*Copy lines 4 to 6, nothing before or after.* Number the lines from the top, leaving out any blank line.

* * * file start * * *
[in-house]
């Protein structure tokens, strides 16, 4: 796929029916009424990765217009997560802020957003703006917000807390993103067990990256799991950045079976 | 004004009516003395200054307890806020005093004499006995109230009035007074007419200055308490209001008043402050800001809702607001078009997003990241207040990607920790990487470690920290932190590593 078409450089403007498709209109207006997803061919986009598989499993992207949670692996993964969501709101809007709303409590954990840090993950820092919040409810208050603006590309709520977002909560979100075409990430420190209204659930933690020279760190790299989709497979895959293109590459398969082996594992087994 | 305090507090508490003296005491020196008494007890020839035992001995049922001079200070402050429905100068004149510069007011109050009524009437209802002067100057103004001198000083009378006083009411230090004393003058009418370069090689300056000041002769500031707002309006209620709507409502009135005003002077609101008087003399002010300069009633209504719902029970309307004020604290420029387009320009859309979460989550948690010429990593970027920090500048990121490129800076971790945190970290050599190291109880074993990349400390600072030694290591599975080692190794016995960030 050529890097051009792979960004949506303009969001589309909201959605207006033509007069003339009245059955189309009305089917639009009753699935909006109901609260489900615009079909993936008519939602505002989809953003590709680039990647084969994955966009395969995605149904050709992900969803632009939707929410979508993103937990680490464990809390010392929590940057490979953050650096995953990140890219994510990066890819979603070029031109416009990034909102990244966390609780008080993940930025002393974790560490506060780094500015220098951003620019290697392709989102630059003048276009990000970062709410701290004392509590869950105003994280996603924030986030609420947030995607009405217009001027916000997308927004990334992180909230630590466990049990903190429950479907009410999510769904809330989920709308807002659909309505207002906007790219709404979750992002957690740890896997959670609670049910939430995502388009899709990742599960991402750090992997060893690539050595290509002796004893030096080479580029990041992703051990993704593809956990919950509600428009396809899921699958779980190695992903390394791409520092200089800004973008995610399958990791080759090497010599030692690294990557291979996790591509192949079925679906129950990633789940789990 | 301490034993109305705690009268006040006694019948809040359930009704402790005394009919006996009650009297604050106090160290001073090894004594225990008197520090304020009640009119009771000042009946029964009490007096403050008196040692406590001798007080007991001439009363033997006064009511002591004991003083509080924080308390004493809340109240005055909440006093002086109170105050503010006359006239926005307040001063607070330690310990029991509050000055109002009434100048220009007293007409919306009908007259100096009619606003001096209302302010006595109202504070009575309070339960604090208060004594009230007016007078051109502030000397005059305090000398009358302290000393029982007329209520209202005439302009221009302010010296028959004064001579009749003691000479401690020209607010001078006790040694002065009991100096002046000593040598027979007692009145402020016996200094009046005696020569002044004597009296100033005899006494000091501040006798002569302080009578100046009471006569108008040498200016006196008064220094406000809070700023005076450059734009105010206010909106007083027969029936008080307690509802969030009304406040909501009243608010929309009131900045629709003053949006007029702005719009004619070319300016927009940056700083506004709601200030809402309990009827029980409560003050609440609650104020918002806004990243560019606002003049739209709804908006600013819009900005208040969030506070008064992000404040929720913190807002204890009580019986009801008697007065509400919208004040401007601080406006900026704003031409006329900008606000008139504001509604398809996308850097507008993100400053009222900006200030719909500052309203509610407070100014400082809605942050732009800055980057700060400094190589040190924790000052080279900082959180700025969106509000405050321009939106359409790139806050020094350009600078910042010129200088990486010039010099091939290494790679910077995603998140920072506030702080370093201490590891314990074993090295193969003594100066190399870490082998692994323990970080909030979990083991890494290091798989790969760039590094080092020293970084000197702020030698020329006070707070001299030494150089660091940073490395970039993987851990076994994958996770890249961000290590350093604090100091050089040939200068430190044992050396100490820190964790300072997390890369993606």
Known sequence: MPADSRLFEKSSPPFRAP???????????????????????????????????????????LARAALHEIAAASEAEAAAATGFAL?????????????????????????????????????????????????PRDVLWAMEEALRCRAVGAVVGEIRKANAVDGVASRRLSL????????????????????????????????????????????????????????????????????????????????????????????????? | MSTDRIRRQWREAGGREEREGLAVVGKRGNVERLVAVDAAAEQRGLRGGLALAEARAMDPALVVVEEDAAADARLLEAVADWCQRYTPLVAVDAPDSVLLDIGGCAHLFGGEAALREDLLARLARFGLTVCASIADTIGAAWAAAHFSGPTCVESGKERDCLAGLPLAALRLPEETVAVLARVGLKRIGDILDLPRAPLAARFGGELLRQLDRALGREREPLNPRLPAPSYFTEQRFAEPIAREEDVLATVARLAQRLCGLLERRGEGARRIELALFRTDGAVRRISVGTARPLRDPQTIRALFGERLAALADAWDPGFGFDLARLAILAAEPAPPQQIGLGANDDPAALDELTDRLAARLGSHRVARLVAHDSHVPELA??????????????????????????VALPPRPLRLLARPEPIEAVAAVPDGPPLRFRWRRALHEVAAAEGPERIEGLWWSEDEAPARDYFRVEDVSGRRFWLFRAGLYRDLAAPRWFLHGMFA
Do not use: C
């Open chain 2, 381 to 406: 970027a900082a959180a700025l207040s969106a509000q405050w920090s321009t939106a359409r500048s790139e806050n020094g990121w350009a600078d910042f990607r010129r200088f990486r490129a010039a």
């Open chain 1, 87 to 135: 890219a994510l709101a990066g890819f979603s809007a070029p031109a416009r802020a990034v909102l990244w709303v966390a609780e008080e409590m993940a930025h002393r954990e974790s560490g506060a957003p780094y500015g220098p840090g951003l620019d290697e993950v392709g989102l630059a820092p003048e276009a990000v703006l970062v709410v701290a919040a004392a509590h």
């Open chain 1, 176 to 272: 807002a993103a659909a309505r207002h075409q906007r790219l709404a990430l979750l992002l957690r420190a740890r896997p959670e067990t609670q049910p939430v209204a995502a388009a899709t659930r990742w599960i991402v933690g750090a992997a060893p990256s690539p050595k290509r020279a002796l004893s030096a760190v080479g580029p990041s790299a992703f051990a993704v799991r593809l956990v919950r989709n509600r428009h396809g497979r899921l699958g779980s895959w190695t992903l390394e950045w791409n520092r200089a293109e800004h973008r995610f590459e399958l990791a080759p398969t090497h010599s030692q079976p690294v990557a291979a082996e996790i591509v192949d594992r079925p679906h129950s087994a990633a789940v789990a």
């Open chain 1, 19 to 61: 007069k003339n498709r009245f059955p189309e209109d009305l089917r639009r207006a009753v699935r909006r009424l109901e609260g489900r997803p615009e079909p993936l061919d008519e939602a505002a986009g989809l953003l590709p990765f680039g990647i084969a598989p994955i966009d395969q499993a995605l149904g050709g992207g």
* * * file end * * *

Do not use: C
């Open chain 2, 381 to 406: 970027a900082a959180a700025l207040s969106a509000q405050w920090s321009t939106a359409r500048s790139e806050n020094g990121w350009a600078d910042f990607r010129r200088f990486r490129a010039a």
């Open chain 1, 87 to 135: 890219a994510l709101a990066g890819f979603s809007a070029p031109a416009r802020a990034v909102l990244w709303v966390a609780e008080e409590m993940a930025h002393r954990e974790s560490g506060a957003p780094y500015g220098p840090g951003l620019d290697e993950v392709g989102l630059a820092p003048e276009a990000v703006l970062v709410v701290a919040a004392a509590h």